Nonprofit hospitals, in general, are facing challenging times. And that challenge is going to reverberate through our county, whether that means a major facility on a new construction timeline or further corporate creativity to reduce health care costs.
Micro-hospitals are best suited to handle short-stay admissions anticipated to be less than 48 hours. Costs are slightly higher than for an urgent care center, yet lower when compared to traditional hospital settings. Micro-hospitals can meet 90 percent of patients’ basic healthcare needs and tend to flourish most in markets with critical service gaps by preventing at-risk populations from falling through the cracks. Ideally, micro-hospitals should be located within 20 miles of a full-service hospital, to facilitate transfer of patients to larger institutions should higher acuity healthcare needs arise.
The idea of micro-hospitals is gaining traction because costs of construction are far lower than that of more traditional hospital facilities –costing anywhere between $7-$30 million, depending on the range of services available, according to Advisory Board statistics. Micro-hospitals can meet 90% of the community healthcare needs. They seem to flourish best in markets with critical service gaps. Ideally, micro-hospitals are located within 20 miles of a full-service hospital, facilitating the transfer of patients to larger facilities if higher-acuity needs arise. Hospital stays anticipated to be longer than 48 hours are sent to higher-acuity facilities.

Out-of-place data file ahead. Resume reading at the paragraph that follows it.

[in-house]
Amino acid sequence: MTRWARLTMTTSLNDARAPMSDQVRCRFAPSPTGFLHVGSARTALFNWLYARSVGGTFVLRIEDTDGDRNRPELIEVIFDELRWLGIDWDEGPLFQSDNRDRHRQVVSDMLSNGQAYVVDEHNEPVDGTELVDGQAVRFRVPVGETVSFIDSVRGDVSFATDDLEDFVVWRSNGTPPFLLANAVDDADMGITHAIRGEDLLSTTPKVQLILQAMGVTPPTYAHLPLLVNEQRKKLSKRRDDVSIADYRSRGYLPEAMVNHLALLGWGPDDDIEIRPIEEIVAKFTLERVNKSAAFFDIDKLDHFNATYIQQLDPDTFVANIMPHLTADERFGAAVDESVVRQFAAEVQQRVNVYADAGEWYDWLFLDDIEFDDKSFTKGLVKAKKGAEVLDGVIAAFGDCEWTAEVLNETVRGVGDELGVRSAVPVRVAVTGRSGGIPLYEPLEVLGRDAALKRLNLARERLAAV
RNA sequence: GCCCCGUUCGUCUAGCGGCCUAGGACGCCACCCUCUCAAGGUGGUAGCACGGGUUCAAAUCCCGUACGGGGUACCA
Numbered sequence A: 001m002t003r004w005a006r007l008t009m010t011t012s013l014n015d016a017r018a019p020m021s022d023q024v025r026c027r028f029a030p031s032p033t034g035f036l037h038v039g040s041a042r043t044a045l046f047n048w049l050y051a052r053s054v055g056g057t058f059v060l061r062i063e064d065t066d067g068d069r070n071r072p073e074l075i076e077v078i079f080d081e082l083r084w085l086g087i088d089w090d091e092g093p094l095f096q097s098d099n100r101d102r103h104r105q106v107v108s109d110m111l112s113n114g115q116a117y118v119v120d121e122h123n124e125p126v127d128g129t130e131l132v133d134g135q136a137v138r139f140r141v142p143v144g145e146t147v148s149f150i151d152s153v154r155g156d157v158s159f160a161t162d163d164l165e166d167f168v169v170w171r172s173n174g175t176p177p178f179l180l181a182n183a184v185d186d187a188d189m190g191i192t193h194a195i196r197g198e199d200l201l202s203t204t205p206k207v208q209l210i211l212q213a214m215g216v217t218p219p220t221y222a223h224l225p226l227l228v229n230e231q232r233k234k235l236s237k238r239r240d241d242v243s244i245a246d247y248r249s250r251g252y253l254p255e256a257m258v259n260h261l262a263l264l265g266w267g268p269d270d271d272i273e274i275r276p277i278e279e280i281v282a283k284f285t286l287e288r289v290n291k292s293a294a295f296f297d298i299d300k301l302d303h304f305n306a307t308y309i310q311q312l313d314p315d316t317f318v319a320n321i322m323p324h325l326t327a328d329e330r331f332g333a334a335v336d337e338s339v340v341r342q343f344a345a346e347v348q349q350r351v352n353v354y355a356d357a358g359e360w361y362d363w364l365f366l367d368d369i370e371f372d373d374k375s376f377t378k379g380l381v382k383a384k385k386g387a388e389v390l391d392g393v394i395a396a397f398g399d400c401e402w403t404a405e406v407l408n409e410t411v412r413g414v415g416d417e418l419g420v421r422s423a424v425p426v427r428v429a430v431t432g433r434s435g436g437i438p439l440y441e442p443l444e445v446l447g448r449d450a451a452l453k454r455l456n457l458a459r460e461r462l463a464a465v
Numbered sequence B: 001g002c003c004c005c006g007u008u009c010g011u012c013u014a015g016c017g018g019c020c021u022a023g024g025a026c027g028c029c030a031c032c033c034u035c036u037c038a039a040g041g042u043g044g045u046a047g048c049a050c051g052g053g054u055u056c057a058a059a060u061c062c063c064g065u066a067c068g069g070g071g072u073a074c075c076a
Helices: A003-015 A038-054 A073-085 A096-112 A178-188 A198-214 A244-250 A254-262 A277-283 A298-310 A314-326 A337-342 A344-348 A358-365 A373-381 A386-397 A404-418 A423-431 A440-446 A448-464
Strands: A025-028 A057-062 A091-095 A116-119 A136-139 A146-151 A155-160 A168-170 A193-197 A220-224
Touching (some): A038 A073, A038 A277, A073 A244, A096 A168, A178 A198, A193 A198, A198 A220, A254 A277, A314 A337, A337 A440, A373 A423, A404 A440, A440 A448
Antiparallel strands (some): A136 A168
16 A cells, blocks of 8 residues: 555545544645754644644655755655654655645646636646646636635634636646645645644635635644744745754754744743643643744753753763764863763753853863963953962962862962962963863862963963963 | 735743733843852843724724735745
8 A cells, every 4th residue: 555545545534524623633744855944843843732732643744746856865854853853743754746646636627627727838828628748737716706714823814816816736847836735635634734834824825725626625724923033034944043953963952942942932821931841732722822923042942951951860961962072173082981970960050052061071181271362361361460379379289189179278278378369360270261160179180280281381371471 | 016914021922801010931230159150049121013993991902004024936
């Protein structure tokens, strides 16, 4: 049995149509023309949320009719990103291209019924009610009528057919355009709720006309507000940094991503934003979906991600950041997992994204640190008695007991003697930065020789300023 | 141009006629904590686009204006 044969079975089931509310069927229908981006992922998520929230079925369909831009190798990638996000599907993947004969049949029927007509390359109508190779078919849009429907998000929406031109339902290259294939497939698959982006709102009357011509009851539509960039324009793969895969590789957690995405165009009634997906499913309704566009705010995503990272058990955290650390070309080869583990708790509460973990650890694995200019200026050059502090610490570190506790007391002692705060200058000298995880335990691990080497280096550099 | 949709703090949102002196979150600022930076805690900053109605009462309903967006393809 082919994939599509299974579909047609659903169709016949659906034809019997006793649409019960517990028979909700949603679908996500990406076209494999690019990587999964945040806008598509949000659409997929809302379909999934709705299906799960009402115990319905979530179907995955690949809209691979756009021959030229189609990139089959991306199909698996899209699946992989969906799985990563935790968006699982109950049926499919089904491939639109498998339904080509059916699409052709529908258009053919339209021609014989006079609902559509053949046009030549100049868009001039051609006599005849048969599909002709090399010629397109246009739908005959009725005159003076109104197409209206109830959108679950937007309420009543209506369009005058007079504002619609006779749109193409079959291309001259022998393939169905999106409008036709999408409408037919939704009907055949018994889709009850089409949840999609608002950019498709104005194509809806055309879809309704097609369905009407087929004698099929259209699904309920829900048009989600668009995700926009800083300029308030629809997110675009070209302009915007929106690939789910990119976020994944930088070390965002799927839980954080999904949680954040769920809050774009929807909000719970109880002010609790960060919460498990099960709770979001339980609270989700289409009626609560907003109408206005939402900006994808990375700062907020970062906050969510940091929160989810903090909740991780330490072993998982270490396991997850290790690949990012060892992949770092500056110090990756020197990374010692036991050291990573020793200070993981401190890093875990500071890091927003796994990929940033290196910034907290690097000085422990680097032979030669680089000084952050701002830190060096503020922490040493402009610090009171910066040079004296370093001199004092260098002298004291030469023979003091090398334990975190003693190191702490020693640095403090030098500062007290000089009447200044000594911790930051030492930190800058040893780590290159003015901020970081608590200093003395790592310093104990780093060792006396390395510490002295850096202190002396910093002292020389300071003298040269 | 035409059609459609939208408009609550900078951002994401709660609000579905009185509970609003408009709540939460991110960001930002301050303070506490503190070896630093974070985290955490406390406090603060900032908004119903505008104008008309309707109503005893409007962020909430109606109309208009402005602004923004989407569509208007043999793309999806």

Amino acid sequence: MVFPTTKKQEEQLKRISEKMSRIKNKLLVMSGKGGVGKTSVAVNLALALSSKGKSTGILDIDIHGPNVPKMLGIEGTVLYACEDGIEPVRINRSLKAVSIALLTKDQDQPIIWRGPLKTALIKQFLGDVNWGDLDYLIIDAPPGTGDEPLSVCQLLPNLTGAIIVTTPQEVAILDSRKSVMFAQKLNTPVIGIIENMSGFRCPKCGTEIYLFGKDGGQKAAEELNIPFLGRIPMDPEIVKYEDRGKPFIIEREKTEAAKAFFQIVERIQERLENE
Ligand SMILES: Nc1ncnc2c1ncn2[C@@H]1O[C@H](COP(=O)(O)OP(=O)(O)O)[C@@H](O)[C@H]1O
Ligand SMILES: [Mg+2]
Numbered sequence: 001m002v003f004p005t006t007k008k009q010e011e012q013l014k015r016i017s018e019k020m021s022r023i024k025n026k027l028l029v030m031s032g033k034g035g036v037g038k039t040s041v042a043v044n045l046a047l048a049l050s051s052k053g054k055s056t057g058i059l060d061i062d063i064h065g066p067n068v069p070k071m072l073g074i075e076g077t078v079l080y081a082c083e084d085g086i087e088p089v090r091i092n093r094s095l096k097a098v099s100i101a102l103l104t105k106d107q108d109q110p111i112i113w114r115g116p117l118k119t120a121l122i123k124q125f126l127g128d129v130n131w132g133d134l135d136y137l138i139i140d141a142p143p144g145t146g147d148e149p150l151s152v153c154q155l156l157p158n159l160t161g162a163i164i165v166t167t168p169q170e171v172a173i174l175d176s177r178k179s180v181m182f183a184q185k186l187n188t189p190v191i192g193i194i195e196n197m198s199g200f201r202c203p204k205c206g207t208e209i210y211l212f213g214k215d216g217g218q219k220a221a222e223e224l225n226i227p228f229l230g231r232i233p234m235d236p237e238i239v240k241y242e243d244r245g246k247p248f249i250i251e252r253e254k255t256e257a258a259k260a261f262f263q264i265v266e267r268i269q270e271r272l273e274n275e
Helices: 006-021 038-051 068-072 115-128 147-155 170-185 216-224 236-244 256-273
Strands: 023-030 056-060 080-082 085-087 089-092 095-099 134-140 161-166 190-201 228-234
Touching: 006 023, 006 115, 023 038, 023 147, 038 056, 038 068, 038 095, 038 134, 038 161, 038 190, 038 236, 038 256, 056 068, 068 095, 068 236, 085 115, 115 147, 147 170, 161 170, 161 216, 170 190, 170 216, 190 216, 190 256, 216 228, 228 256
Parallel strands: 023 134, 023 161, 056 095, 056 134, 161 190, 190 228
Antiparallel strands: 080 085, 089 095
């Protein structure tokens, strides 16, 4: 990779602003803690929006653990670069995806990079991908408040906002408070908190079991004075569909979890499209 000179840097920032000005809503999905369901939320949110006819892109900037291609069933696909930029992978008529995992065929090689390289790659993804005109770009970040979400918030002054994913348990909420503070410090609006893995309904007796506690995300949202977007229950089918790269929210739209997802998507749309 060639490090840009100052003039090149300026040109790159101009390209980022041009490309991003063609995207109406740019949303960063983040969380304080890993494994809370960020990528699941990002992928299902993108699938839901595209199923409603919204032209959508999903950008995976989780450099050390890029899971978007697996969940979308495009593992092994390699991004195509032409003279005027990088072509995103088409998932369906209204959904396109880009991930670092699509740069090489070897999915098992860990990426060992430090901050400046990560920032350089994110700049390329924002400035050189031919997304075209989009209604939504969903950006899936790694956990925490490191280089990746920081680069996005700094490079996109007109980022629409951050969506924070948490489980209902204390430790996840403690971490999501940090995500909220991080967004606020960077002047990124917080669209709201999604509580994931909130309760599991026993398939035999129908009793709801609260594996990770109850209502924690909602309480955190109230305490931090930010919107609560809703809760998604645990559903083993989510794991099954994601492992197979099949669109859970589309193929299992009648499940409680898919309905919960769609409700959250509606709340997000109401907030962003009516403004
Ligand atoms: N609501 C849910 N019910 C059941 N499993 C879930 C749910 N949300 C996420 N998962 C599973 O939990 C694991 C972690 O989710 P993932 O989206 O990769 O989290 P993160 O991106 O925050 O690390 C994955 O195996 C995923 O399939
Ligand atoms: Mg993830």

In June 2016, Kitsap County emergency personnel participated in Cascadia Rising, a large-scale earthquake drill. At the time, three local hospitals planned to coordinate management of injured casualties: Navy Hospital, which would treat the “walking wounded” (least injured), or Harrison Silverdale and Harrison Bremerton, which would clear their emergency departments to receive the flood of injured patients. While those plans have changed, the grave risk to our community in the event of an earthquake should not be ignored.